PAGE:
Movie Review: Air

Matt Damon stars as Trafford native "Sonny" Vaccaro in what amounts to a pretty good movie, considering the story is about shoe marketing.


Ben Affleck’s “Air” is so charming that you’ll frequently forget that you’re watching a movie about shoe marketing.

The story of Nike’s long-shot bid to secure the endorsement rights to a young man named Michael Jordan is the sort of nominally interesting business story that would ordinarily fill 10 minutes in a larger documentary. Here, it gets 112 minutes, an all-star cast and a clear and concerted effort to turn a literal footnote into a sports movie.

It mostly works. It ekes out a win, you might say.

The protagonist of “Air” is John “Sonny” Vaccaro (Matt Damon), a longtime Nike executive — and a Trafford native — who co-founded the Dapper Dan Roundball Classic, a longtime showcase of young basketball talent at the Civic Arena. (Trafford isn’t mentioned in the film, but the Dapper Dan is.) The “inspired by true events” version has Vaccaro running out of time to make a splash at Nike when he gets a hunch that this Jordan kid is gonna be the biggest thing in basketball.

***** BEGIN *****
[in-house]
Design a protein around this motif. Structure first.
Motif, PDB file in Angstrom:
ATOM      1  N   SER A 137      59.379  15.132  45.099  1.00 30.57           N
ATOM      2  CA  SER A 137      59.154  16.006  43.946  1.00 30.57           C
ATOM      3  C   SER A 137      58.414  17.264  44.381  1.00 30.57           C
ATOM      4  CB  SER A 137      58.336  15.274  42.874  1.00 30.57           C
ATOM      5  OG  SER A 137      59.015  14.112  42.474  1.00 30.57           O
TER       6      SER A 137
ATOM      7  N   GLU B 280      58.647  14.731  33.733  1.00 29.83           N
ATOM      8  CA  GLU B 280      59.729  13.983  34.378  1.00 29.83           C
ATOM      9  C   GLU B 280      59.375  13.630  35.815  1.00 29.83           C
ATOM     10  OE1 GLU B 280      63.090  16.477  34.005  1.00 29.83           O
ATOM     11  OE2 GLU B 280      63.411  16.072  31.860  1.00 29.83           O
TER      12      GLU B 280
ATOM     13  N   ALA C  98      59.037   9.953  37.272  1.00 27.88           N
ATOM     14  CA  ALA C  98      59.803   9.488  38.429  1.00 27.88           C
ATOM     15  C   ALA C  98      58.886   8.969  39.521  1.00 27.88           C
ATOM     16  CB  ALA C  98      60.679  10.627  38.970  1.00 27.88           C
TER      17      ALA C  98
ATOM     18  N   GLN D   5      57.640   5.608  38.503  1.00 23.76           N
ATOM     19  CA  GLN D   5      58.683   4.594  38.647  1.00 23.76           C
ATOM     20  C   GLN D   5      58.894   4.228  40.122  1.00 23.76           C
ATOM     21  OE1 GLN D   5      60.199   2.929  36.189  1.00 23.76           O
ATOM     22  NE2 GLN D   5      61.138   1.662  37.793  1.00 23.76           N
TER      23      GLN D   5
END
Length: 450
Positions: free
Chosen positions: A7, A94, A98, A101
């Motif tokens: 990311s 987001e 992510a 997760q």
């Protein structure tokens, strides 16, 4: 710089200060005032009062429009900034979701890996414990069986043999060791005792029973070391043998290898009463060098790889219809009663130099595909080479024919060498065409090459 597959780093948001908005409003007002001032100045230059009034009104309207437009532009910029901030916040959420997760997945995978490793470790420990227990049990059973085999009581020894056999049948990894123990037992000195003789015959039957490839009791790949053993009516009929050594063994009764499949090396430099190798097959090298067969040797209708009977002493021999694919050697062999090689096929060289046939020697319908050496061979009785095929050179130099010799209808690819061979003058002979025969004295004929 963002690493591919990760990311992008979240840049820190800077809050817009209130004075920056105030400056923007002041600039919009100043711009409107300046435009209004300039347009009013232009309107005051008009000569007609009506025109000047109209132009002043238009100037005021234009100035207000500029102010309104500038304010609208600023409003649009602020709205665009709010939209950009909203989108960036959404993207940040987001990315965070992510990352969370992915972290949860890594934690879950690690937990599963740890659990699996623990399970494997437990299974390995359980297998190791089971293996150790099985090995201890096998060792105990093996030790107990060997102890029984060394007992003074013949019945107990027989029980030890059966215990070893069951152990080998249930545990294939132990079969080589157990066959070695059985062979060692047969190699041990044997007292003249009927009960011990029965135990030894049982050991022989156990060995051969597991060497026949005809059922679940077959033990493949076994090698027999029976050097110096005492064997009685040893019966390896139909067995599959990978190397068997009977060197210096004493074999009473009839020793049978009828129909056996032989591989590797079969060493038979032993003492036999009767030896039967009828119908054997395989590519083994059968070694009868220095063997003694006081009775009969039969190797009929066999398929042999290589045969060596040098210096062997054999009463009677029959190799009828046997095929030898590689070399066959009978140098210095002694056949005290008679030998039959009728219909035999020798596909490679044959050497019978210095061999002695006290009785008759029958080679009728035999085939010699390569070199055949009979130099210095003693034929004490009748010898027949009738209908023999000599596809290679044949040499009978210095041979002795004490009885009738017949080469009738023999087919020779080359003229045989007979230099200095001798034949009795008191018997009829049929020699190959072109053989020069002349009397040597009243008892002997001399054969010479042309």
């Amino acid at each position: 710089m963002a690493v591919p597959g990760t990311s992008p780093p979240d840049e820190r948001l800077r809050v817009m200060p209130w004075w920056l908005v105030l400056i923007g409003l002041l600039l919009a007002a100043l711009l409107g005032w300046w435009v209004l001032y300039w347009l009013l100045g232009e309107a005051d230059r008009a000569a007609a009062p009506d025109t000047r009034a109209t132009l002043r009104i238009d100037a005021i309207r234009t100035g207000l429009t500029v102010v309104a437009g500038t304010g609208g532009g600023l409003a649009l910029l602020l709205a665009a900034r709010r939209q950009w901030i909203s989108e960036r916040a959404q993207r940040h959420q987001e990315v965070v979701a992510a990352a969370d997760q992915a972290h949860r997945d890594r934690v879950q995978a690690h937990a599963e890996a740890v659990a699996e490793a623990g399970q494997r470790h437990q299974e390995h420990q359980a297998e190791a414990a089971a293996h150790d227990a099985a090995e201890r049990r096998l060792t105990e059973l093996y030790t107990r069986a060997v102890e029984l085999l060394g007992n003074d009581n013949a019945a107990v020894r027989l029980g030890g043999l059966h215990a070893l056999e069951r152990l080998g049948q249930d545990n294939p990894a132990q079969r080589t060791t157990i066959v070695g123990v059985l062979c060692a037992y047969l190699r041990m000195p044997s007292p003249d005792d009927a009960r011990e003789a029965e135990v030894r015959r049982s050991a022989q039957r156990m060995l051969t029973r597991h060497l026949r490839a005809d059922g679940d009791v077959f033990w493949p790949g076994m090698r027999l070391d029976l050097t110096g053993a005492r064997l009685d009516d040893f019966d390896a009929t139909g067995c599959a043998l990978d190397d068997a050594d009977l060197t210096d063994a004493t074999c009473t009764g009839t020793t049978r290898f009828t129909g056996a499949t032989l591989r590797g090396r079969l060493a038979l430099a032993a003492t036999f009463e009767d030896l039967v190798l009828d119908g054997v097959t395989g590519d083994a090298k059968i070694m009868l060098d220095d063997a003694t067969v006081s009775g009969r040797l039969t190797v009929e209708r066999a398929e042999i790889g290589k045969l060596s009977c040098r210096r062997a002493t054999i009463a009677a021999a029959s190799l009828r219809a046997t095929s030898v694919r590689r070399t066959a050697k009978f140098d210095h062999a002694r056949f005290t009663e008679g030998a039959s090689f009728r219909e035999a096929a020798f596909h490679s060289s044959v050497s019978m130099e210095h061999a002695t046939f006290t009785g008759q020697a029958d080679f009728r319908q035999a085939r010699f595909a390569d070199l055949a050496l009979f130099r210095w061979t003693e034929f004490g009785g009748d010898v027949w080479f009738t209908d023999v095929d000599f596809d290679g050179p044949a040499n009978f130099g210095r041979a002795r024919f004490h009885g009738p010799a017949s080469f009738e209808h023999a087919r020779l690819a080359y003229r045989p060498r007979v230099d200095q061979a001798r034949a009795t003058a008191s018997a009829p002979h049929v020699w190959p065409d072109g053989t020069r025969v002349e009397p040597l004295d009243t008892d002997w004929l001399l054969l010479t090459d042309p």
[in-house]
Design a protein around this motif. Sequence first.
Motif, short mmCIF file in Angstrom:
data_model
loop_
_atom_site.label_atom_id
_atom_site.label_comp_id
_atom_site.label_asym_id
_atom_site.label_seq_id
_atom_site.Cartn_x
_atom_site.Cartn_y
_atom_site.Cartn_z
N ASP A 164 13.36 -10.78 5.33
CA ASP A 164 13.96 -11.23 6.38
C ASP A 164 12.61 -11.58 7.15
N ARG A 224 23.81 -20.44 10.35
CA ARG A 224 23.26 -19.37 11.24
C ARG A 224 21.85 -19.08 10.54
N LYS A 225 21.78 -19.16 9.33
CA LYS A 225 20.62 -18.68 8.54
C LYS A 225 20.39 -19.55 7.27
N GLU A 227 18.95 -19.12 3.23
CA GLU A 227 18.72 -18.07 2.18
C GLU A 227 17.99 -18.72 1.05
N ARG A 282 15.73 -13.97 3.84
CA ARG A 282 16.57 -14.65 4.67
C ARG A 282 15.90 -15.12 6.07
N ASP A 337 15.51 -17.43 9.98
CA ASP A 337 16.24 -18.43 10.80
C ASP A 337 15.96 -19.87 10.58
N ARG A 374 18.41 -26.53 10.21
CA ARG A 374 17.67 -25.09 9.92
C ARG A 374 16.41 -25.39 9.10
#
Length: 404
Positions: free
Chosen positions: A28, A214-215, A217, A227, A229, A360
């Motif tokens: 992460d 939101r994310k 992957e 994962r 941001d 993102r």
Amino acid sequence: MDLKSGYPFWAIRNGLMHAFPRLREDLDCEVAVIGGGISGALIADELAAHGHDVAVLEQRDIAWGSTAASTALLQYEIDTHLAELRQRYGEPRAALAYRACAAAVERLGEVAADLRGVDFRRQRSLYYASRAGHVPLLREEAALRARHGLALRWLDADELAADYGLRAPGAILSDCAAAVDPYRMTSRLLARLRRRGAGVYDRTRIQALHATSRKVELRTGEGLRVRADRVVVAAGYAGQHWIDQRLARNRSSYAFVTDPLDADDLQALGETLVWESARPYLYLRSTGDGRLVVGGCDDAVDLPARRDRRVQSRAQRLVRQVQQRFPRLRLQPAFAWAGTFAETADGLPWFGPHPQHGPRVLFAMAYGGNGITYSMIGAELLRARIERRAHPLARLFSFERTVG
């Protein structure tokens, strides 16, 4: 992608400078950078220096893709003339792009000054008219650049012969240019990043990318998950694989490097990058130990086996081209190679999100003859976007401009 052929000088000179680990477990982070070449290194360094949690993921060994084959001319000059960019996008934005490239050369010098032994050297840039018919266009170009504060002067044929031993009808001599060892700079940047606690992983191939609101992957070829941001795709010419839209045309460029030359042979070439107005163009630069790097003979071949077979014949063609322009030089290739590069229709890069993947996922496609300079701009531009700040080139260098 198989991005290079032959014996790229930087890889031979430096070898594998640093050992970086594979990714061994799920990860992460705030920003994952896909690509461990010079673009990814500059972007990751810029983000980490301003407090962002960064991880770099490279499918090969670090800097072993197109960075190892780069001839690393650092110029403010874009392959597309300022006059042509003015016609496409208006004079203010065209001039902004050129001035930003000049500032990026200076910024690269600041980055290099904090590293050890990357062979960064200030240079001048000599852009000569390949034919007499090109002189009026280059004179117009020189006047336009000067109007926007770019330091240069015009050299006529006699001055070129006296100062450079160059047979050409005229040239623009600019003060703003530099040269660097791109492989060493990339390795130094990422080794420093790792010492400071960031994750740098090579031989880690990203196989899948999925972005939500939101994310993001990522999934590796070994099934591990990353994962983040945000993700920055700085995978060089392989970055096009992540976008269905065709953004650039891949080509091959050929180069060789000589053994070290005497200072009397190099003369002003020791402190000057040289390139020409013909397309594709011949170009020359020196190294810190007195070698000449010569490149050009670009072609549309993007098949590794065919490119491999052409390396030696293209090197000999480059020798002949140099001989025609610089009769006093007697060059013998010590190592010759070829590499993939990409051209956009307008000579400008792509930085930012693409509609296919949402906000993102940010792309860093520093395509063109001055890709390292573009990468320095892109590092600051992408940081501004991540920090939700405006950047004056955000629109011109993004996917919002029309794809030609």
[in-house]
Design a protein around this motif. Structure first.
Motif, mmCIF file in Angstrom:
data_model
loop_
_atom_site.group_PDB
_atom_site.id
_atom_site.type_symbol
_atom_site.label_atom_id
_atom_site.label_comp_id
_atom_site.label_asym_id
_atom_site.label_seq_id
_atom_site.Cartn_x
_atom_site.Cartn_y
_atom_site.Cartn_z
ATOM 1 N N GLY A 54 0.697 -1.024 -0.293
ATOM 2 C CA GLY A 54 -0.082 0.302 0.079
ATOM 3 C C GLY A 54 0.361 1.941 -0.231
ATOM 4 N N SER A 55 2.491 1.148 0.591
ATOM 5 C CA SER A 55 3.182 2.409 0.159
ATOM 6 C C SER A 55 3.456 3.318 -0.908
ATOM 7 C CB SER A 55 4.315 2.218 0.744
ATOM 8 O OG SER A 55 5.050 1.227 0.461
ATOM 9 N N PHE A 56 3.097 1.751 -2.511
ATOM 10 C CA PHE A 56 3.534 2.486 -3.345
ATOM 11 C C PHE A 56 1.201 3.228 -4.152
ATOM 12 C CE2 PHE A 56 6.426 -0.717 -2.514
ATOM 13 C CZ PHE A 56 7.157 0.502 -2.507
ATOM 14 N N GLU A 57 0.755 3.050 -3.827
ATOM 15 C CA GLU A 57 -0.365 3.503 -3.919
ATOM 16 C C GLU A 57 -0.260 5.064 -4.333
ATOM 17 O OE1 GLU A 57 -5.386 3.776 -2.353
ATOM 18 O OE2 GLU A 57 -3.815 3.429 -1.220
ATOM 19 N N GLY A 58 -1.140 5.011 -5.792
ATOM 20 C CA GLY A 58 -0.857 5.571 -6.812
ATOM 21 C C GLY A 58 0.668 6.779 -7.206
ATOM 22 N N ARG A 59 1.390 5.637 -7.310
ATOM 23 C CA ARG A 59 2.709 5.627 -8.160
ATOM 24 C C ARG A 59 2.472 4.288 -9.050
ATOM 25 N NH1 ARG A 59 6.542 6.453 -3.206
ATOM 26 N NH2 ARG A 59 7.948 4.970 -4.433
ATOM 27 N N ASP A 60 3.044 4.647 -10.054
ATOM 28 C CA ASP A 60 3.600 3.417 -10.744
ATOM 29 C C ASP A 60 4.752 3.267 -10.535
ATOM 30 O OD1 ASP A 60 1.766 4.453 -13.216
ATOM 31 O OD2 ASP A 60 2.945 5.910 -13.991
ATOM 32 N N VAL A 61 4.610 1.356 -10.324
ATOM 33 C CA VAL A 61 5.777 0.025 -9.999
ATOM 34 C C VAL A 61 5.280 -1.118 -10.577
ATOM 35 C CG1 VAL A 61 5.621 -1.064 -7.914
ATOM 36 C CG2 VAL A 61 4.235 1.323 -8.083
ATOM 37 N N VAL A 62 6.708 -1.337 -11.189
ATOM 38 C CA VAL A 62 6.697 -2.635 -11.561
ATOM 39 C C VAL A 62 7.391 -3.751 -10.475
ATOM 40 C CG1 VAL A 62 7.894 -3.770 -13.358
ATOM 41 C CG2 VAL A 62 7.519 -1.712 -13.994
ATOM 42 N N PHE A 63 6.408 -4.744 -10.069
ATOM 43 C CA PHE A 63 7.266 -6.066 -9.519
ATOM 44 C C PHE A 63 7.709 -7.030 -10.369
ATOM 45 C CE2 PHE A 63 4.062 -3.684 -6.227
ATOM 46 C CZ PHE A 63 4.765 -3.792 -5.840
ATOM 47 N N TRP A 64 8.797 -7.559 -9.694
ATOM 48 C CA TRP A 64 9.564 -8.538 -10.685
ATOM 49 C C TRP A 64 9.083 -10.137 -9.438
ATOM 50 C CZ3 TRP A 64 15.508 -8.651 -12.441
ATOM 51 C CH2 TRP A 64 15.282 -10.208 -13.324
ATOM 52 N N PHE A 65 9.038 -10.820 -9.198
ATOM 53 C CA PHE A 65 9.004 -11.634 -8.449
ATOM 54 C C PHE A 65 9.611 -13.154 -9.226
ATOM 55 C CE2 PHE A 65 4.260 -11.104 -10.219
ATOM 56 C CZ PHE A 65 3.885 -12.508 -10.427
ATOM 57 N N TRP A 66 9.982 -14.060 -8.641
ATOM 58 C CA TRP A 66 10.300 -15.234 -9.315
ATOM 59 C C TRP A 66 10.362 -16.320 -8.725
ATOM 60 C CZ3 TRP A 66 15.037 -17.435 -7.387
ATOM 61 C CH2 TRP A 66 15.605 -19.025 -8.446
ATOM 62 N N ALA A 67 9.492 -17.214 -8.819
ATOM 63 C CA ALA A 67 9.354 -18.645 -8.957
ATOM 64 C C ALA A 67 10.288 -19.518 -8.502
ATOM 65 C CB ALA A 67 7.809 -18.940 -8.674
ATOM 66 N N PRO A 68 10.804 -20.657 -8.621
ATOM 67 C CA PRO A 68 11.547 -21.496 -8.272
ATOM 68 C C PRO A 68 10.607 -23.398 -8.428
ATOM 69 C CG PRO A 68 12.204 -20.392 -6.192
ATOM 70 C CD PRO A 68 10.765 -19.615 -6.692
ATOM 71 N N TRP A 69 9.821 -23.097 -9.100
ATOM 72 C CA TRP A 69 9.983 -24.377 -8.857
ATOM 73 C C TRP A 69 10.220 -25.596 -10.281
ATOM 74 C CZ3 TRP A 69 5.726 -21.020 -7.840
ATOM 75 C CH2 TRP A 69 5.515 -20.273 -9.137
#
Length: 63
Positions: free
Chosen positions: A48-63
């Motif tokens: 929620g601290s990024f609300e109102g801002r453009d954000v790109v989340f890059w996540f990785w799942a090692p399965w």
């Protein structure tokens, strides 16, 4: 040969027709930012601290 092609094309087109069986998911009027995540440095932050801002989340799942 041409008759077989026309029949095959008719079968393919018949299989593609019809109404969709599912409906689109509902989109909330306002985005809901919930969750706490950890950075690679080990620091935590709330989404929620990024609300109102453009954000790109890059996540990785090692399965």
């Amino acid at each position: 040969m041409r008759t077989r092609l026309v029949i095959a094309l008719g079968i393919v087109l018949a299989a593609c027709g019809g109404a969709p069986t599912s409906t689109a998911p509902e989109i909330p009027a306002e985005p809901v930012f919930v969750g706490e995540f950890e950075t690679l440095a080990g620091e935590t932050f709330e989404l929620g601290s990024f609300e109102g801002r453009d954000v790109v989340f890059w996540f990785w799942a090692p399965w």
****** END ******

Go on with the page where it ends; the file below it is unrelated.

Vaccaro believes that Nike should go all-in on Jordan; his boss, company founder Phil Knight (Affleck) and his co-workers (including Jason Bateman and Chris Tucker) aren’t sold. More pressingly, Jordan doesn’t like Nike; we’re in the mid-’80s, and that means Adidas is on top. Vaccaro flies to North Carolina to try to win over Jordan’s mother, Deloris (Viola Davis), all while begging Nike to see what he sees.

It’s a comedy, mostly, though it has the structure of a sports movie: The floundering underdog, the glimmer of hope, the long-shot ascension, the penultimate heartbreak, the climactic victory. (That doesn’t count as a spoiler; I believe you know that Air Jordans do, in fact, exist.) Some of the humor is quite effective — Bateman and Damon shine, as does Matthew Maher as basement-dwelling shoe artisan Peter Moore — while other moments feel too overstated. (It’s always nice to see Chris Tucker, but he’s in the wrong movie.)

The only downside, of course, is that the victory is not a championship — it’s just a shoe company becoming an even bigger shoe company. The film attempts a late reframing, positing that this is really a story about athletes taking control over their likeness, but it rings a bit false; “Air” is simply a good movie about shoes.

My Rating: 7/10

“Air” is now playing in theaters.

Categories: Sean Collier’s Popcorn for Dinner